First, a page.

Tuesday, 27 May 2008

Something published

Before I went to the SMMT Drive Day one of my aims was to try and make contact with someone from the press. I managed, quite by chance, to bump into someone I exchanged emails with a year or two back. As a result I'm working on a car review for him and, in the meantime, I was asked to write a short news piece on the new small Rolls-Royce. Check it out by clicking on the title or click here.

Sunday, 25 May 2008

SMMT 08 – A tale of 2 Renaults

Two cars I was very keen to try at the SMMT test drive day were the Renault Laguna GT with Active Drive and the Clio Renaultsport 197 Cup. Having heard the rumours that Renault were going to be doing four-wheel steering and then seeing the press release confirming how they were going to do it I was eager to try it. With the Clio, I wanted to try a quick Renault hatchback.

Renault Laguna GT with active drive

The Laguna looks impressive and feels good to sit in but comes up short on the move. The first irritant is the steering wheel, which is annoyingly not round. The gear lever feels somewhat loose and floppy, which is how the whole car feels. Four wheel steering works every bit as well as expected but the rest of the car does not invite, encourage or reward hard driving. If the GT suffix usually denotes Grand Tourer the Laguna is rather too much Tourer and not Grand enough.

Renault Clio Renaultsport 197 Cup

If only the Laguna could enjoy the polish and fine tuning that made the Clio what it is – which is to say rather wonderful. True, you sit more on the car than in it and getting in and out of the deeply contoured Recaro requires considerable agility but it puts a smile on your face. Everything about the Clio 197 feels taught and positive, it positively begs to be driven hard and fast – with verve and enthusiasm. Although it feels too high that difficult to enter seat is superbly comfortable and holds you in place perfectly so you move with the car. Somehow this has been achieved without making the Cup unbearable on the motorway.

Friday, 23 May 2008

SMMT Test Day 2008

Last year I wanted to go to the annual Society of Motor Manufacturers and Traders (SMMT) test day but I was too slow in applying. This year I was better informed and got my name on the list in plenty of time. As well as providing the opportunity to drive lots of different cars it is a superb opportunity to meet the press officers and press fleet managers and other journalists. I’m sure I could have made more of the opportunities to make contacts but I’m quite pleased that I have made some new contacts.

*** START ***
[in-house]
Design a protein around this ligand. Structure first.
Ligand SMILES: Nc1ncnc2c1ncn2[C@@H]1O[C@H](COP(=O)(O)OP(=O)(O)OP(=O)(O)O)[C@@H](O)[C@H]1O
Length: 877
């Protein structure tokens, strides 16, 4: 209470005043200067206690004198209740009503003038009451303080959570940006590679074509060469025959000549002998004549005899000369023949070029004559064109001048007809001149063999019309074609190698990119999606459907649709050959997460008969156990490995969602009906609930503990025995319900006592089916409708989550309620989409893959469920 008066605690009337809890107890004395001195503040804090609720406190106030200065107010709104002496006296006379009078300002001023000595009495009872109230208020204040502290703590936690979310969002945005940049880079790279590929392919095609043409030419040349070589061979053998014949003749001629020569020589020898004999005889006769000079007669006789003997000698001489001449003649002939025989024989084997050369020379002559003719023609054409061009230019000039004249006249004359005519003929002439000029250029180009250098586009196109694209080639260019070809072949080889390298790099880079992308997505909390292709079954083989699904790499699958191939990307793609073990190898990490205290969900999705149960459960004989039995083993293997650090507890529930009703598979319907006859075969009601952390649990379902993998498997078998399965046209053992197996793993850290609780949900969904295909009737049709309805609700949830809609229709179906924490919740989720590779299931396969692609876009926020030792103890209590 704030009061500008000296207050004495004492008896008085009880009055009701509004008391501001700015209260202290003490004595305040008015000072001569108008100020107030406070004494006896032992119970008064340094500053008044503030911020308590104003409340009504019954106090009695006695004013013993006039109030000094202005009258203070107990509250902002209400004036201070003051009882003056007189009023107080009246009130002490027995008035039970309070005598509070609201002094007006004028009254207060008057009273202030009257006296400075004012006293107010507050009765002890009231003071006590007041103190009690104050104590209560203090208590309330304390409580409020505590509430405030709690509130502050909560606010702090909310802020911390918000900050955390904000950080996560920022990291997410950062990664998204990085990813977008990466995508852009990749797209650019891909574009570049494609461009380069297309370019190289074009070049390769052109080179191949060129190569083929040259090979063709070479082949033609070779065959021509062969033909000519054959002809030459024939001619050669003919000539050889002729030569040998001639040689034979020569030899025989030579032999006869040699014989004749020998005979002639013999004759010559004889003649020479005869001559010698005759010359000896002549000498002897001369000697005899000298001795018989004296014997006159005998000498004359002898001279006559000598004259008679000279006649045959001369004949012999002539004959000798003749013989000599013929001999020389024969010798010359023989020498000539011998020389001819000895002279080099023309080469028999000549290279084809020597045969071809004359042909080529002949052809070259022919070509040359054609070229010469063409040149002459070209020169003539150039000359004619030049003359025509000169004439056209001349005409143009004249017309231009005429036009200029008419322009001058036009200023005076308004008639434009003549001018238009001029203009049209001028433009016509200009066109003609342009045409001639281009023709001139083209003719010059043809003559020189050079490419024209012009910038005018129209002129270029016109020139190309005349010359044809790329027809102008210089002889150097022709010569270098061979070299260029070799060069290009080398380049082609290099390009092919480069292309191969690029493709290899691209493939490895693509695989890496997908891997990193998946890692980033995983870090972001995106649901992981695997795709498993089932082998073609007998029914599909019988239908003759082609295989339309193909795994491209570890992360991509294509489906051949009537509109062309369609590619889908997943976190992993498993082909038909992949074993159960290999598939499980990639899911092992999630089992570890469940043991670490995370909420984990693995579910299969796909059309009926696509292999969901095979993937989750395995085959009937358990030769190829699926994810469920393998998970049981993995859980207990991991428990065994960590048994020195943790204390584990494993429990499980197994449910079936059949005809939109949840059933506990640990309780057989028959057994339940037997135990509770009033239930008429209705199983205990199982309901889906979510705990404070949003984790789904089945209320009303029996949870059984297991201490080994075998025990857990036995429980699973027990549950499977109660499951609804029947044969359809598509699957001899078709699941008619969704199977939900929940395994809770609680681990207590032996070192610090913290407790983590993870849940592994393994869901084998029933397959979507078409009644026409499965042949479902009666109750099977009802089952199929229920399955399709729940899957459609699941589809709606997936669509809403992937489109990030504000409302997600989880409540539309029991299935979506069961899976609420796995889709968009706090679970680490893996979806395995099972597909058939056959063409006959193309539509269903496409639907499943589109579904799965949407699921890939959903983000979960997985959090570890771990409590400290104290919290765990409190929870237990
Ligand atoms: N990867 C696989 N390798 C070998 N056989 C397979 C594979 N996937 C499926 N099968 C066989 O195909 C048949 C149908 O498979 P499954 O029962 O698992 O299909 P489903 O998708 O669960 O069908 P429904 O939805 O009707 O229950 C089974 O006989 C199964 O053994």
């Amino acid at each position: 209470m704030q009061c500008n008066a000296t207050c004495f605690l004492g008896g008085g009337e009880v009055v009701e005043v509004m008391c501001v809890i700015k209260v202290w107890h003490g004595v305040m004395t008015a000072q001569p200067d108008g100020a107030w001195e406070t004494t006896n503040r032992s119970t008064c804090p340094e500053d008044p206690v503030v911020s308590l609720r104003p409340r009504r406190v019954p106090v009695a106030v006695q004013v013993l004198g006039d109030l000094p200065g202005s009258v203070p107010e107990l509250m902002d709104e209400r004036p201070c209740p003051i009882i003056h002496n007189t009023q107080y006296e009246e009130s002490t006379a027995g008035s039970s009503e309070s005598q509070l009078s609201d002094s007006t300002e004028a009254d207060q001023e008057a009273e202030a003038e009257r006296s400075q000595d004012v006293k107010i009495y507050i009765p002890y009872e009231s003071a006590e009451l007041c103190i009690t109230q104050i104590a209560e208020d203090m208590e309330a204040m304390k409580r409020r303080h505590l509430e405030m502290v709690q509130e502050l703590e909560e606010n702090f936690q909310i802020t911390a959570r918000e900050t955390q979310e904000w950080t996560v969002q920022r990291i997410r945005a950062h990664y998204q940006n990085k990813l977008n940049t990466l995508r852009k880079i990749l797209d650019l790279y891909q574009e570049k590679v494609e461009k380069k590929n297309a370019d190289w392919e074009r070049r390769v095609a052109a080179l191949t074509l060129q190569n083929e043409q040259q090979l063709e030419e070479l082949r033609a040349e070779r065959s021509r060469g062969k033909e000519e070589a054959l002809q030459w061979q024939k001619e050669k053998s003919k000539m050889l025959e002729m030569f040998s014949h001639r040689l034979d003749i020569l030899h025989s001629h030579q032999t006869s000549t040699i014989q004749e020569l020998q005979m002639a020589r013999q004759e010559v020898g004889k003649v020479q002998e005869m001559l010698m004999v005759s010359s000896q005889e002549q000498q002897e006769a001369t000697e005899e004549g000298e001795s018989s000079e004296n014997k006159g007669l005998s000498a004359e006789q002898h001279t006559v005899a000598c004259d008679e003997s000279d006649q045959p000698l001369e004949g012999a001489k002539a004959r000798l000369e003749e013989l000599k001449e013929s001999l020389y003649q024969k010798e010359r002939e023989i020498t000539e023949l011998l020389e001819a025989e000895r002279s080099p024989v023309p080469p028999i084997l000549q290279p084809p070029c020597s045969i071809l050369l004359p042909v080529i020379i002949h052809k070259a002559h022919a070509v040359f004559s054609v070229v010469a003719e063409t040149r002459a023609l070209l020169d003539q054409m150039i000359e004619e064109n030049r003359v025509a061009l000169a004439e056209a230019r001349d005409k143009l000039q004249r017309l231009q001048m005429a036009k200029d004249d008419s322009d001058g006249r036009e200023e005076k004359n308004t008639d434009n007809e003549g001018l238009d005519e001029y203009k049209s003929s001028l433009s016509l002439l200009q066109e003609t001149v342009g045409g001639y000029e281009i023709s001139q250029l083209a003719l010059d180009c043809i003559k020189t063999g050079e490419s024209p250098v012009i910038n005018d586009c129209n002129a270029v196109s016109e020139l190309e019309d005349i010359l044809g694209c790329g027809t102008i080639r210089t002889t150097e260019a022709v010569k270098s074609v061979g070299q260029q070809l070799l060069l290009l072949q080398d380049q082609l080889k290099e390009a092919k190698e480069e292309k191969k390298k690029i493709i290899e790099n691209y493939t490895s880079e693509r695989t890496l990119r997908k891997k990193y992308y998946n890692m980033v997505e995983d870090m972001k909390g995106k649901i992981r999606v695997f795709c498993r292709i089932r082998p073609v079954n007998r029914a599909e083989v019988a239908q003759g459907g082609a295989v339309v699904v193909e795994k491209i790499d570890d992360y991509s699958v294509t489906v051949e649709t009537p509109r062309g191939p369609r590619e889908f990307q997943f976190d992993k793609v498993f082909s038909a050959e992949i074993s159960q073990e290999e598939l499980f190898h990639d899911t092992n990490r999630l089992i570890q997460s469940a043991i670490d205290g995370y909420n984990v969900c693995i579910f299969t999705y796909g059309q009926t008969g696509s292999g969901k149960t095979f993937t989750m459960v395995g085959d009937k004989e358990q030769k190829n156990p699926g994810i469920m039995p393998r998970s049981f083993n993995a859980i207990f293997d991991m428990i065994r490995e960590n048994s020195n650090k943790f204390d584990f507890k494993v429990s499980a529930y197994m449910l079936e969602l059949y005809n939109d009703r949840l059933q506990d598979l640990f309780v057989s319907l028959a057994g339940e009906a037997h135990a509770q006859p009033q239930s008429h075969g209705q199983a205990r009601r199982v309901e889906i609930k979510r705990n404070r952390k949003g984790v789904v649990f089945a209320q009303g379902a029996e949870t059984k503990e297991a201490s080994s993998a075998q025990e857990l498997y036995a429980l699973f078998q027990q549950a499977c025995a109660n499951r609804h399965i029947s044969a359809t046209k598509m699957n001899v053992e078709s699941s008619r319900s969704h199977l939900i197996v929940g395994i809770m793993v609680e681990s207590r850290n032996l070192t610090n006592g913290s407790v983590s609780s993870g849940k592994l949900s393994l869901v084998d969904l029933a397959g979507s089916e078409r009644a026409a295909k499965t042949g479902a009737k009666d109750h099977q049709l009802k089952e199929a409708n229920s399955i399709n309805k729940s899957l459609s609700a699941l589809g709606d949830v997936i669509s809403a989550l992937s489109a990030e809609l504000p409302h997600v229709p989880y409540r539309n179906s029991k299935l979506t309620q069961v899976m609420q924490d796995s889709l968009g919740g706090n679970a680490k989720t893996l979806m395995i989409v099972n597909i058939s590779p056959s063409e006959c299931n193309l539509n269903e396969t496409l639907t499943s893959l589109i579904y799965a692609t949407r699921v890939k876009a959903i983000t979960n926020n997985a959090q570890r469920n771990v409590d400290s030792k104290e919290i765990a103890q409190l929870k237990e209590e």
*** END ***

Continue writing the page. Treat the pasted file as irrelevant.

My day’s driving started with a Jaguar XK8, it was supposed to be an XKR but I wasn’t about to complain. Without a doubt this is a magnificent car, smooth, refined and surefooted. It was a fine way to learn the curves of the Millbrook hill test route and to get a feel for driving round the high-speed bowl. Those test tracks do a good job of replicating country road and motorway driving respectively. There was also a “City Course”, which didn’t feel much like a city but is laid out in a series of tight curves with a couple of speed humps for good measure. I had great fun whizzing round in a couple of Fiat 500s – I fear I may have upset the man from Fiat by saying that I preferred the cheaper more basic model. More than any other car I tested I could see myself actually buying a 500 for my own transport.

Fiat 500

The other interesting pastime of the day was to see what was in demand. Bentley, for example, had 4 cars and by lunchtime all the time slots were fully booked. Nissan was taken aback by the popularity of the fuel-cell concept vehicle and so was Audi for the R8 and RS6 Avant. According to the list of vehicles there were 2 RS6s but only one actually appeared to be in use. The Nissan and Audis were the only cars I felt I missed out by not trying – maybe next year.

Saturday, 10 May 2008

The search continues and other thoughts on a Saturday morning

Up early today to collect the pipe ordered by the Citroën dealer last week. Not the right part, despite what the computer says. They did try to find the correct part but to no avail. Did give me the contact numbers of people who might be more sympathetic to my plight and who might be able to correctly identify the part I’m after.